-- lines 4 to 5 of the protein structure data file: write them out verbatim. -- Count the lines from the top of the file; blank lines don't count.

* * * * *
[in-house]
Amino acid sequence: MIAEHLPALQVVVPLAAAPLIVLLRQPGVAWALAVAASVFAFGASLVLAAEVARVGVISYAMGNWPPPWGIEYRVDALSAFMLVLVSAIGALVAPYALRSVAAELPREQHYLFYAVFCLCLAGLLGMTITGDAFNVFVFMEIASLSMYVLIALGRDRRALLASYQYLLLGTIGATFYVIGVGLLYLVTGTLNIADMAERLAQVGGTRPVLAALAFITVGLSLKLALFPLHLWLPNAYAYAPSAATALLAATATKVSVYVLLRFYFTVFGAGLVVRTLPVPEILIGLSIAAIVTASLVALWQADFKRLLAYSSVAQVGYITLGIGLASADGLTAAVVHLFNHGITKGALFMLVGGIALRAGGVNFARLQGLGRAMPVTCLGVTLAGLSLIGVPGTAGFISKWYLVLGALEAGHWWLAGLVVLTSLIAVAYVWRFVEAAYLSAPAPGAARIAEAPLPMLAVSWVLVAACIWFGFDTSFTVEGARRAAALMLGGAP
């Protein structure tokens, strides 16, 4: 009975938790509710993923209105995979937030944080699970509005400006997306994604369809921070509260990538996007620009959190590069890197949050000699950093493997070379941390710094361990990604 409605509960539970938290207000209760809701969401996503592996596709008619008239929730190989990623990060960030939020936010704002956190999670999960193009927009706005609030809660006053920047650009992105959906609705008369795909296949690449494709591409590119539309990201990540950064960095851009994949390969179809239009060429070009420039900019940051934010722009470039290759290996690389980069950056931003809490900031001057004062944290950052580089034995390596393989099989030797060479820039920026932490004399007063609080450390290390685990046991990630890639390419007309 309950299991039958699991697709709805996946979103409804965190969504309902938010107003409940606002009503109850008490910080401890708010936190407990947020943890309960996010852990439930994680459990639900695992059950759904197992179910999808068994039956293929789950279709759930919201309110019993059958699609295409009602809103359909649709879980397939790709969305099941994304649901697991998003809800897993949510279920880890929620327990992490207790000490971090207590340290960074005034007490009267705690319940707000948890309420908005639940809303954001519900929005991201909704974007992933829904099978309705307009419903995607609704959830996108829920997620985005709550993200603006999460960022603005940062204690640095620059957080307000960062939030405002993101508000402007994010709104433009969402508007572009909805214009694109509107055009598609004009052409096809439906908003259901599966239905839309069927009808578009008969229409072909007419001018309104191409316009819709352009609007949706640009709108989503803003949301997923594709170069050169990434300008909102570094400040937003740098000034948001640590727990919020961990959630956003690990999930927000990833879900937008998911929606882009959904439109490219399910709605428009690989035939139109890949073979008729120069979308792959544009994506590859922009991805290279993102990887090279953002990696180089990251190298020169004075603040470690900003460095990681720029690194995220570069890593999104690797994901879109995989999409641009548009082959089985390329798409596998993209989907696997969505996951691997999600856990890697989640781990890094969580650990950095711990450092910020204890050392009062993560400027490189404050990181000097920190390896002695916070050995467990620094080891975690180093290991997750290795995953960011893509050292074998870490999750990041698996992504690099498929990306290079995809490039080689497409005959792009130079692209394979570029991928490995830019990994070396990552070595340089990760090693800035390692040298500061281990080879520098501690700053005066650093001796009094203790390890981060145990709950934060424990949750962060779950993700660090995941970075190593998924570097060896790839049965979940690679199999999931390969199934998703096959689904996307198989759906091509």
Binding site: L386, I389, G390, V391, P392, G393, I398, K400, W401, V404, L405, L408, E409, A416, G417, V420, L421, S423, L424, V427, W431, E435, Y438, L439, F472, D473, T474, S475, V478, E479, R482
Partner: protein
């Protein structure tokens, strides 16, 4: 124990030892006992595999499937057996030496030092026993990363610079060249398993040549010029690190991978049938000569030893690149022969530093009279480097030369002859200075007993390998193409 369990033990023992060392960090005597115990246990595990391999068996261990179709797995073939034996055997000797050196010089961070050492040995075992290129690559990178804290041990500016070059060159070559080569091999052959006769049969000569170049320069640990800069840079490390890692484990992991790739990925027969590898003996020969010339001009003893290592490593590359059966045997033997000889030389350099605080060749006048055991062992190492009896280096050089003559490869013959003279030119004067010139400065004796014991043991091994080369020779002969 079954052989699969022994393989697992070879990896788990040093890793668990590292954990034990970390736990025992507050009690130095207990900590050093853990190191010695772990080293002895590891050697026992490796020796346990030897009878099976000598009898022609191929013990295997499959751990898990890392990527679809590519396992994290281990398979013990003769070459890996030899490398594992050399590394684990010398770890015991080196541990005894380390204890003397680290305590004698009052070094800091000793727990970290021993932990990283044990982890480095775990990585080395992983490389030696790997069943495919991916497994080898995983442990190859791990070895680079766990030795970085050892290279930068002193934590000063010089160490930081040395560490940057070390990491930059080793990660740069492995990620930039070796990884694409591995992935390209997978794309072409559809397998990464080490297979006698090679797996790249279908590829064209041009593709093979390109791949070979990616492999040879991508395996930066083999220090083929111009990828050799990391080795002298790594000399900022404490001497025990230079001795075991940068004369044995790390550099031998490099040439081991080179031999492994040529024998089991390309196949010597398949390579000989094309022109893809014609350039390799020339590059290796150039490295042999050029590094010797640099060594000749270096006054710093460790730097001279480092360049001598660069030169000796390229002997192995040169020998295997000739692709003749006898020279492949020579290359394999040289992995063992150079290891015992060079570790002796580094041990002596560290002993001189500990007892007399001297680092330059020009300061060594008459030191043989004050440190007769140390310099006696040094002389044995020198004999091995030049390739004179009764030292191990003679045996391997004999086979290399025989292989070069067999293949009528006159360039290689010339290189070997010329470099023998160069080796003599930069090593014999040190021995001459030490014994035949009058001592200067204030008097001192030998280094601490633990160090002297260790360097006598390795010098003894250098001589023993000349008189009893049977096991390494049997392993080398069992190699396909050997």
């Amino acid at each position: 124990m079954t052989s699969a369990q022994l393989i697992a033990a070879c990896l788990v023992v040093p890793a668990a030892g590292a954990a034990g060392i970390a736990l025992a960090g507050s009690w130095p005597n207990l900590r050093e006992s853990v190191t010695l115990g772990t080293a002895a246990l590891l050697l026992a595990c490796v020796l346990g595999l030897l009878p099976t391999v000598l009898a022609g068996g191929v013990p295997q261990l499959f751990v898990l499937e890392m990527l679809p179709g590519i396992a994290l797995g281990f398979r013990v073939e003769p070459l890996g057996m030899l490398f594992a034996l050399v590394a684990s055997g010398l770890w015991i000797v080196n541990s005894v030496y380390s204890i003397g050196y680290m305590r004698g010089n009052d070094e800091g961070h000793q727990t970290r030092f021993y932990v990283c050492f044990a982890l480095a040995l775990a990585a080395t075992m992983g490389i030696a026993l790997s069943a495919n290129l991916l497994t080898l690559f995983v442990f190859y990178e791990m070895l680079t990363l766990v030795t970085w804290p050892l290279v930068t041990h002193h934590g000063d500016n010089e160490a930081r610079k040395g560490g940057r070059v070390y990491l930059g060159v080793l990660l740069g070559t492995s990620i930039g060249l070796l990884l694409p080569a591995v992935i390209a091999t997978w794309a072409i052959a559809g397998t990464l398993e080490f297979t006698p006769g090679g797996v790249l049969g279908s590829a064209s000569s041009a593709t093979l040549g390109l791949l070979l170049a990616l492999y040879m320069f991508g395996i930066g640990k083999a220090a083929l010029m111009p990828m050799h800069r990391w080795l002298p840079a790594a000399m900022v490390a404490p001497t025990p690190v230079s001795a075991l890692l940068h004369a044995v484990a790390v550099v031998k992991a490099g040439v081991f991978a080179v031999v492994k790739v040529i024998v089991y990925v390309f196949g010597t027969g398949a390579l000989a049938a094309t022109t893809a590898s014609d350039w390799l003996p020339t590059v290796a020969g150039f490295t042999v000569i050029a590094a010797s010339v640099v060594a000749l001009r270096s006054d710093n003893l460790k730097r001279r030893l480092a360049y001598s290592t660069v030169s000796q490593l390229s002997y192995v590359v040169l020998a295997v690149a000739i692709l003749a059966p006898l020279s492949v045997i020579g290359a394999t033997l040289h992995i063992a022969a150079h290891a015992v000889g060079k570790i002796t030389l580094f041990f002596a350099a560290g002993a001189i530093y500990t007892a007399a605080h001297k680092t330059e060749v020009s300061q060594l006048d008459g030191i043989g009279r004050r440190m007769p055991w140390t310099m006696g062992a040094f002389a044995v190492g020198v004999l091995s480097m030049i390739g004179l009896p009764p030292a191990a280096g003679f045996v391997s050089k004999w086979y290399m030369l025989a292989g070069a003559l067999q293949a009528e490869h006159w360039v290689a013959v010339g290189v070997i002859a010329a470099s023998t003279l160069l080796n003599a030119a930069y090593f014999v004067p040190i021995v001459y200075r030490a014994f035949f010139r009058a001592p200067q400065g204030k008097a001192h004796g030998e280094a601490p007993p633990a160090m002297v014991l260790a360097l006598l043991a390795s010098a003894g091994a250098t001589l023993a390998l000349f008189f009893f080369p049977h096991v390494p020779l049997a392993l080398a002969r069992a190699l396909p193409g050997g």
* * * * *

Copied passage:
Binding site: L386, I389, G390, V391, P392, G393, I398, K400, W401, V404, L405, L408, E409, A416, G417, V420, L421, S423, L424, V427, W431, E435, Y438, L439, F472, D473, T474, S475, V478, E479, R482
Partner: protein